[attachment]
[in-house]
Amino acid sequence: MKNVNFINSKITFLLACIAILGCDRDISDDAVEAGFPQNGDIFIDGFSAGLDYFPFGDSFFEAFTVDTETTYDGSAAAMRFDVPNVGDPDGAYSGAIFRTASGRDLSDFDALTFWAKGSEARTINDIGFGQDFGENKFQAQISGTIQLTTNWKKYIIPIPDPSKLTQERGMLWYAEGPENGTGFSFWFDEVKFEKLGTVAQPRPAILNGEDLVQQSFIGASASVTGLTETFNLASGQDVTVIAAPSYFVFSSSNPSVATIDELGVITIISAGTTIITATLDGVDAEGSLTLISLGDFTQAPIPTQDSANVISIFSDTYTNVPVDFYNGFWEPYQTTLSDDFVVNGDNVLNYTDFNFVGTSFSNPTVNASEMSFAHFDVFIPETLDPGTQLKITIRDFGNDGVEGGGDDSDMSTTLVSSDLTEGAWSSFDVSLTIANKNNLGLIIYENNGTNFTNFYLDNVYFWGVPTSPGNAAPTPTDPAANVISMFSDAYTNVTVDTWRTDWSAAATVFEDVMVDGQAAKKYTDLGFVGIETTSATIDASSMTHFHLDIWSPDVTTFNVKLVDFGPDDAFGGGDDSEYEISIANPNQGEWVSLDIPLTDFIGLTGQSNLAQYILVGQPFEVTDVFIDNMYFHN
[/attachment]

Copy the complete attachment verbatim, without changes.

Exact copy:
[in-house]
Amino acid sequence: MKNVNFINSKITFLLACIAILGCDRDISDDAVEAGFPQNGDIFIDGFSAGLDYFPFGDSFFEAFTVDTETTYDGSAAAMRFDVPNVGDPDGAYSGAIFRTASGRDLSDFDALTFWAKGSEARTINDIGFGQDFGENKFQAQISGTIQLTTNWKKYIIPIPDPSKLTQERGMLWYAEGPENGTGFSFWFDEVKFEKLGTVAQPRPAILNGEDLVQQSFIGASASVTGLTETFNLASGQDVTVIAAPSYFVFSSSNPSVATIDELGVITIISAGTTIITATLDGVDAEGSLTLISLGDFTQAPIPTQDSANVISIFSDTYTNVPVDFYNGFWEPYQTTLSDDFVVNGDNVLNYTDFNFVGTSFSNPTVNASEMSFAHFDVFIPETLDPGTQLKITIRDFGNDGVEGGGDDSDMSTTLVSSDLTEGAWSSFDVSLTIANKNNLGLIIYENNGTNFTNFYLDNVYFWGVPTSPGNAAPTPTDPAANVISMFSDAYTNVTVDTWRTDWSAAATVFEDVMVDGQAAKKYTDLGFVGIETTSATIDASSMTHFHLDIWSPDVTTFNVKLVDFGPDDAFGGGDDSEYEISIANPNQGEWVSLDIPLTDFIGLTGQSNLAQYILVGQPFEVTDVFIDNMYFHN